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Posted July 25, 2013
Originally published in the 80s, Roommates—recently revived and republished—is an enrapturing, gratifying journey that magnificently illustrates the soaring highs and gloomy lows of the college experience, and how it has the sheer power to change lives forever.
The story begins Carrie's freshman year, set at Stanford, and immediately picks up on the lives of her roommates, the phenomenal actress Megan, and the devastating beauty and brains, Beth, as well. Carrie's imminent "flaw"—her tenacious and resilient loving, despite the occasional rejection—sets her up for a world of possibilities in college, as well as a whole new realm of heartbreak. However, Roommates is not just Carrie's story; it's Megan's, it's Beth's, it's her brother, Stephen's, and it's the mysterious and brooding Jake's. Their individual plots all overlap, and the relationships between these five Stanford students, are unmistakably laced together—and forever will be. This makes for a very complicated, very intricate web of a story. I found it a little too soap opera-esque for my taste, but have to admit how well-concocted it is—Katherine Stone is a flawless writer with such a compelling, lyrical voice.
I like how there's a bit of a thriller subplot that doesn't make the book solely about romance; it was refreshing and gripping, although nothing terribly exciting. As with most of Stone's novels, the depiction of love is cloyingly sweet, grandly optimistic, and rather chaste. If you don't like the guaranteed happily-ever-after story line and the inherently perfect cast of characters (seriously... all of them are attractive, nice, smart, generous, brave, etc. etc.), then you may want to stay away from this book. As for me, I do quite enjoy the spice in novels of today's time, but I still enjoyed Roommates's mellow, sentimental tone.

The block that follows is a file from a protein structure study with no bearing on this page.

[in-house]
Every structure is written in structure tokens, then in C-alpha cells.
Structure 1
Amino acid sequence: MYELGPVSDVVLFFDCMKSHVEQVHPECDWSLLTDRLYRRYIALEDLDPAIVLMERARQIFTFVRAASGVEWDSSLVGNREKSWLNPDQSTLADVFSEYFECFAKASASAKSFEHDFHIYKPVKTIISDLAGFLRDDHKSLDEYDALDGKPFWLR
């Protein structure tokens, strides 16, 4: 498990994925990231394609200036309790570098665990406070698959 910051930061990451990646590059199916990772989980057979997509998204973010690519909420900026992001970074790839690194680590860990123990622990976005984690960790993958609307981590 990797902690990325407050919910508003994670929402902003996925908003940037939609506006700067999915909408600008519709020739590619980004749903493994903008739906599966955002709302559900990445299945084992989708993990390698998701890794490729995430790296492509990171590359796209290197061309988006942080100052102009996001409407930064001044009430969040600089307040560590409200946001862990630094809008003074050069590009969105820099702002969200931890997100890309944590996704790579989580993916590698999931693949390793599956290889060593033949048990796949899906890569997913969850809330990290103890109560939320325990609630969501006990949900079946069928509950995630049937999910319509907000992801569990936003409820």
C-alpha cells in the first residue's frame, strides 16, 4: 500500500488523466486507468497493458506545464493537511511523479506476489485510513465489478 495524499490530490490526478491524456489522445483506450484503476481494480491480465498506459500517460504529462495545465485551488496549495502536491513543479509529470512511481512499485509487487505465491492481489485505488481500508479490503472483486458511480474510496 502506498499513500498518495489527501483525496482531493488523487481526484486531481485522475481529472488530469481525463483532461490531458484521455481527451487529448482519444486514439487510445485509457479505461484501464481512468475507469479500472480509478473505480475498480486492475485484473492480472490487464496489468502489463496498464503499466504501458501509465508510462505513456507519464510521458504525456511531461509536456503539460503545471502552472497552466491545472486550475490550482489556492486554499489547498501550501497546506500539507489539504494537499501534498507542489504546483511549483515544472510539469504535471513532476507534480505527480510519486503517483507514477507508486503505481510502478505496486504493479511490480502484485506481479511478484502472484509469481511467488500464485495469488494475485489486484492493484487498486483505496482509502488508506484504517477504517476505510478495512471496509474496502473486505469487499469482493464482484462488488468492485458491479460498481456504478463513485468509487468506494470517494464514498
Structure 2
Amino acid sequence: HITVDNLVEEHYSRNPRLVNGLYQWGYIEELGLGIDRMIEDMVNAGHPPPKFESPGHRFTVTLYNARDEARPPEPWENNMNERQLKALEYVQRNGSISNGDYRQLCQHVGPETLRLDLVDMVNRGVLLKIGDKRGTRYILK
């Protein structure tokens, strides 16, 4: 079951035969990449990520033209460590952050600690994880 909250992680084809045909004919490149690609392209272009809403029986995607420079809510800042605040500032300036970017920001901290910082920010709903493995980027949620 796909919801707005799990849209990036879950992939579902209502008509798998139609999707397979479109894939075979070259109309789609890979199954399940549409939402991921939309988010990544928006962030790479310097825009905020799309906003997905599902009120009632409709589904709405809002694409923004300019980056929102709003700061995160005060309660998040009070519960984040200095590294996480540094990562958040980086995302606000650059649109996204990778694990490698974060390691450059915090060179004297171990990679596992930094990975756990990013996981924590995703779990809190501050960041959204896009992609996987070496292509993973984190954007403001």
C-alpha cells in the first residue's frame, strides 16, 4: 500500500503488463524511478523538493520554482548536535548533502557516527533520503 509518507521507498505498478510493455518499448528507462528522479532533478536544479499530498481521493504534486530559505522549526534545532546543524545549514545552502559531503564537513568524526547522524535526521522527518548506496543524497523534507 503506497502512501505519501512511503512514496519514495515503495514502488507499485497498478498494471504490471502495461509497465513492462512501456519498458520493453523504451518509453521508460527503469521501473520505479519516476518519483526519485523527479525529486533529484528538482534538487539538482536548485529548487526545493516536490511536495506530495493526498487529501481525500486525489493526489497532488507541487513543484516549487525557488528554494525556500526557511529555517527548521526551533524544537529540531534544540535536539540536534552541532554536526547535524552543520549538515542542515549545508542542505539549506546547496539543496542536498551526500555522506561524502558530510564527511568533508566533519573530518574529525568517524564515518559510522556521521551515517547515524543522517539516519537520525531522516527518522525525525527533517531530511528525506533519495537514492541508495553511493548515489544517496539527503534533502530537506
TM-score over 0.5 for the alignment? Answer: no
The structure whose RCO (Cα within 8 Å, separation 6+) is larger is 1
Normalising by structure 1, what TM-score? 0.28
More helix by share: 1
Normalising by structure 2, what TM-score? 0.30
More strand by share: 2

For a glittering narrative that spans not only the young adulthoods of five unforgettable characters, but also their creeping pasts and unpredictable later lives in 1970s America, definitely give Roommates a try.
Pros: Beautiful style // Well-explored, lovable characters // Evocative of the decade and the campus spirit of Stanford // Nice blend of romance, passion, and drama // Connections between characters satisfyingly elaborated upon and probed // Jake's difficult past and his emotional turmoil particularly resonated with me // Juicy plot twist I never saw coming
Cons: Every character (aside from the obvious villain) is good-natured through and through, which I found unusual // A bit too sugary sweet... but that's the appeal! // On the wordy side... not the kind of book you can read in one sitting
Verdict: There's plenty of suspense and danger, as well as love, light, and laughter to go around in the hopelessly romantic—and fabulously nostalgic—Roommates. Days of Our Lives meets a tame, university-level Breakfast Club in an all-American story that flows like magic and is bound to captivate fans of conventional love stories. If you pine for a good ol' traditional romance, then Katherine Stone's 1987 novel—which just happens to be the prolific author's first—is THE book for you.
Rating: 7 out of 10 hearts (4 stars): Not perfect, but overall enjoyable.
Source: Complimentary copy provided by author in exchange for an honest and unbiased review (thank you, Katherine!).
Posted January 10, 2012
No text was provided for this review.